In return, anthropology can also learn from classical archaeology. Anthropology can gain from the tradition of discipline and exactitude in classical analysis of culture, as well as the information that prehistoric archaeology of the Mediterranean can provide in terms of domestication of plants and animals and human adaptation to diverse environments (Renfrew 1980). There is a place, writes Renfrew, “for anyone who can command the data and the scholarship of the Great Tradition while employing the problem-orientation and the research methods of current anthropological archaeology” (Renfrew 1980:297).

The current place of Roman archaeology as viewed by such anglophone scholars as Dyson, Renfrew, and Morris, is in a more integrated discipline, whether in an American or Italian anthropological tradition. One particularly easy way to bridge the gap between classical archaeology and anthropology is in the use of bioarchaeology as an approach to recovering biocultural information about the past.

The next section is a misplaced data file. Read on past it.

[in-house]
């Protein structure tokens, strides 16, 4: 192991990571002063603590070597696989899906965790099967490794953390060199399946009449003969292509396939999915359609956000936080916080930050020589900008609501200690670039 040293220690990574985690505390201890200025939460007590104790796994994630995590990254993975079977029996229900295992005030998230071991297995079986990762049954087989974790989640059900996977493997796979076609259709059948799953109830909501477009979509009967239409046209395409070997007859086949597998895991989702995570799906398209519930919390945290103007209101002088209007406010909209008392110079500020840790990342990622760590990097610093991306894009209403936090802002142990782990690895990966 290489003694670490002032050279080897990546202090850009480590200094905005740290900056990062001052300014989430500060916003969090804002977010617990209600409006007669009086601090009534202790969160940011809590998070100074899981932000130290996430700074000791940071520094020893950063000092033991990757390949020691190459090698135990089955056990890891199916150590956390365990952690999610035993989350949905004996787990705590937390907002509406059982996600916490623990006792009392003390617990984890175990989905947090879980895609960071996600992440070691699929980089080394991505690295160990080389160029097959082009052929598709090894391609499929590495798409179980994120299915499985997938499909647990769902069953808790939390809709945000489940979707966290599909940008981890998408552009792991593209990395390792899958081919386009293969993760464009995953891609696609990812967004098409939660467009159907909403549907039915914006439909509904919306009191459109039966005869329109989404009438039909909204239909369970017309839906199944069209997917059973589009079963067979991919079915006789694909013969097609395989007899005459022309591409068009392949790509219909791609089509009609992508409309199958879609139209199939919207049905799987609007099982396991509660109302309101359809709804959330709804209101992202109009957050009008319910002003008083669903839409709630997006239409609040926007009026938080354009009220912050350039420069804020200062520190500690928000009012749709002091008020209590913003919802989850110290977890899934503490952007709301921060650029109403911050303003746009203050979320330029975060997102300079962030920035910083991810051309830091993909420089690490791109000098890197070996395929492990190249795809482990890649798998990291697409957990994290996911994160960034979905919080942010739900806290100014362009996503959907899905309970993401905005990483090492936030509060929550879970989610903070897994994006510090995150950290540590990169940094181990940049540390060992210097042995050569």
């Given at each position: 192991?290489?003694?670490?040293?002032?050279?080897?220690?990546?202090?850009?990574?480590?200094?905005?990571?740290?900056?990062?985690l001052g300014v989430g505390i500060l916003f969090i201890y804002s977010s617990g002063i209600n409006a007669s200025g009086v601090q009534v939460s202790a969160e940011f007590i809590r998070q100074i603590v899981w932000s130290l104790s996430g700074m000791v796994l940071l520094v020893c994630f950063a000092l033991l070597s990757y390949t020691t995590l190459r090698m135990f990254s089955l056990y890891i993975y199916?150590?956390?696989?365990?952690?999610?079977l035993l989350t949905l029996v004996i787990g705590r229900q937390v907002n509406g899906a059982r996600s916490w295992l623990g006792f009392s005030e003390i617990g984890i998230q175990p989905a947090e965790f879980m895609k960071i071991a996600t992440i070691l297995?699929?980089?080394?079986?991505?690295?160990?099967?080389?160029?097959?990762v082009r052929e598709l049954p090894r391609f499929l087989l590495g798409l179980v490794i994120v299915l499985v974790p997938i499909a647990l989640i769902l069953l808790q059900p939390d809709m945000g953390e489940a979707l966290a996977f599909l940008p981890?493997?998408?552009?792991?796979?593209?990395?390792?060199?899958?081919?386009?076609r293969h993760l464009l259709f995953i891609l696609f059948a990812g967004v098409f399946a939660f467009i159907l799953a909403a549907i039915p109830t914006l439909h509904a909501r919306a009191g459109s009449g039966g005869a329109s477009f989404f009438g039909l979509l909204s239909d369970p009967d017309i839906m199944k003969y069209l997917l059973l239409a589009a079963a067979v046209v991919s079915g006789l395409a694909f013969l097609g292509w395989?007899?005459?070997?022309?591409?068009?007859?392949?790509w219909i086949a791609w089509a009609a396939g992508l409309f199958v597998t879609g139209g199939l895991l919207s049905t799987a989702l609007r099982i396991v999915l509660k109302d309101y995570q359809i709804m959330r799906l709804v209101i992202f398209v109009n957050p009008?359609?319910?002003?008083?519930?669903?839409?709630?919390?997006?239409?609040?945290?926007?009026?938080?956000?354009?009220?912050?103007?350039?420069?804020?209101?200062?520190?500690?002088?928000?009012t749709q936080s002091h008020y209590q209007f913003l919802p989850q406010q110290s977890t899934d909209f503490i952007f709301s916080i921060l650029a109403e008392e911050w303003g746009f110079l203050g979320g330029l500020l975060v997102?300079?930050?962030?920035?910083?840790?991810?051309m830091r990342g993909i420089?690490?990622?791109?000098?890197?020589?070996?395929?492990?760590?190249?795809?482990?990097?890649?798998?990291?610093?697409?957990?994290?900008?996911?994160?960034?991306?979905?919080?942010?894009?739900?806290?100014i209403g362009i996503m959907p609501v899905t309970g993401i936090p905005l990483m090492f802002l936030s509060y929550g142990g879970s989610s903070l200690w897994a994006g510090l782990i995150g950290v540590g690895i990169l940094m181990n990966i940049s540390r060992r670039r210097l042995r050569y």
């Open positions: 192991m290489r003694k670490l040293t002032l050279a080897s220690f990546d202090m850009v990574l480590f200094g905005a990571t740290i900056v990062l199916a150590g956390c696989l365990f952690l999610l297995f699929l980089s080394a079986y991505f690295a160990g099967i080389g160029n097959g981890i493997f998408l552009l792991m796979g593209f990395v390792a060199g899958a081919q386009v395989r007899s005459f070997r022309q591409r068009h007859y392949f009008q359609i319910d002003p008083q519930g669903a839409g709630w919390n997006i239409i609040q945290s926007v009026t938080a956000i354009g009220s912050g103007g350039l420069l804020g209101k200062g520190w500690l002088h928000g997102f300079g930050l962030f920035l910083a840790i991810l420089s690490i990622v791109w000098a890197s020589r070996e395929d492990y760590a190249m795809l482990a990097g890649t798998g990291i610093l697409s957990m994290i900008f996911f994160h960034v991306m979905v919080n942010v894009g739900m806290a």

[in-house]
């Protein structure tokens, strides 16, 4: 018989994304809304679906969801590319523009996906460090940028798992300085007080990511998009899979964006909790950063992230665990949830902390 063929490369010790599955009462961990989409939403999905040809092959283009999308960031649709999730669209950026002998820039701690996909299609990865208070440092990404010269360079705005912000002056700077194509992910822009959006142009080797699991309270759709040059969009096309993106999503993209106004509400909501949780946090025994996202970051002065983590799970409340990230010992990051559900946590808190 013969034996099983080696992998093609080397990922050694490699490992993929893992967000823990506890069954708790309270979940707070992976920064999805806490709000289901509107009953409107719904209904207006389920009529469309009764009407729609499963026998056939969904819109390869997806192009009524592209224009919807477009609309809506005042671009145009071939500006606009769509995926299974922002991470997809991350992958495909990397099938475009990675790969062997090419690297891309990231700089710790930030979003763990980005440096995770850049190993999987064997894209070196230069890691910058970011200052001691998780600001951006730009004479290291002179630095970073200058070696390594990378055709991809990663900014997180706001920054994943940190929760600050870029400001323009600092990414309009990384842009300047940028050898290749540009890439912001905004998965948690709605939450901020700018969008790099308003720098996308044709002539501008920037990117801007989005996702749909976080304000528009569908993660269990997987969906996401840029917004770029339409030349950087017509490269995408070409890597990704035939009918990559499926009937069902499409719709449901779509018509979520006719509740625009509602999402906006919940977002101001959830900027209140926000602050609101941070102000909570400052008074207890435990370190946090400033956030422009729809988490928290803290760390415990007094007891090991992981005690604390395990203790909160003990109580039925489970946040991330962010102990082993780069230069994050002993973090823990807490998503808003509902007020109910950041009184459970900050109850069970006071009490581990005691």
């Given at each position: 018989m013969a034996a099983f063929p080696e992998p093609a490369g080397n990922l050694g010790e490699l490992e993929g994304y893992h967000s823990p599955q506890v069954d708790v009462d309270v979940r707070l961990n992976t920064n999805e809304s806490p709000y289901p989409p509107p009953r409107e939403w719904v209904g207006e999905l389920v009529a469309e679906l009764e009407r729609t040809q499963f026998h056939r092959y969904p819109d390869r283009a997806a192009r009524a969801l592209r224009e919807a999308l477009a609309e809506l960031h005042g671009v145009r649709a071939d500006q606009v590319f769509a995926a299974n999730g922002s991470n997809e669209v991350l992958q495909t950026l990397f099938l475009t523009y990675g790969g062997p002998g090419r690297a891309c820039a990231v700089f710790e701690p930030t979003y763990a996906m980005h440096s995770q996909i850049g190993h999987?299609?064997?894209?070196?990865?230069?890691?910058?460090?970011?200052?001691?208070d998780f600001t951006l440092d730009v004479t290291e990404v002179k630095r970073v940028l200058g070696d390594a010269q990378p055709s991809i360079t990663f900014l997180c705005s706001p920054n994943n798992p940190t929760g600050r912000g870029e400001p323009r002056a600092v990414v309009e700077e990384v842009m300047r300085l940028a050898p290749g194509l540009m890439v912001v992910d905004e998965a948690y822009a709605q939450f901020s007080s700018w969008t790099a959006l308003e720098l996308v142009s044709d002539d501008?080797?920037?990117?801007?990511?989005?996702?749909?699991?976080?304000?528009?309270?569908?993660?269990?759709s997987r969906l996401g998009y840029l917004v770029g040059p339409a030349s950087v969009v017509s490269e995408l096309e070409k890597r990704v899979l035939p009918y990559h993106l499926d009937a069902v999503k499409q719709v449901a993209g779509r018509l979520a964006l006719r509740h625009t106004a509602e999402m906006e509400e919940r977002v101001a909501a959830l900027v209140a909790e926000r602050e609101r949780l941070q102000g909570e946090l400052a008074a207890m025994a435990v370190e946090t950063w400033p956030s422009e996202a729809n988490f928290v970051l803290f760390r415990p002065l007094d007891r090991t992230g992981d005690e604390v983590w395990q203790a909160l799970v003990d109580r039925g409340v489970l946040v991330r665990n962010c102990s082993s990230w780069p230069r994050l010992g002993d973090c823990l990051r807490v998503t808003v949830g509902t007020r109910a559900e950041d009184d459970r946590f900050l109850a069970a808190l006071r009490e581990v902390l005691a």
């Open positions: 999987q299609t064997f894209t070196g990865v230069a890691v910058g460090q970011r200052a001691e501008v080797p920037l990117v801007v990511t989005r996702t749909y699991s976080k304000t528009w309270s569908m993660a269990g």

Bioarchaeology in Italy: Past and Future

Human skeletal remains have been collected from archaeological sites for hundreds of years, but until the past few decades, archaeologists, especially in the classical world, were primarily interested in associated material remains. Undisturbed burial places such as the shaft graves at Mycenae and Etruscan house tombs were veritable treasure-troves of elite material culture and inscriptions. Skeletons were bagged as just another artifact to be classified and stored (or sometimes thrown out!).  The humans they represented in life might have been given sexes and ages, although these assignments were all to frequently done in order to bolster conclusions already drawn from a "gendered" analysis of the collection of grave goods.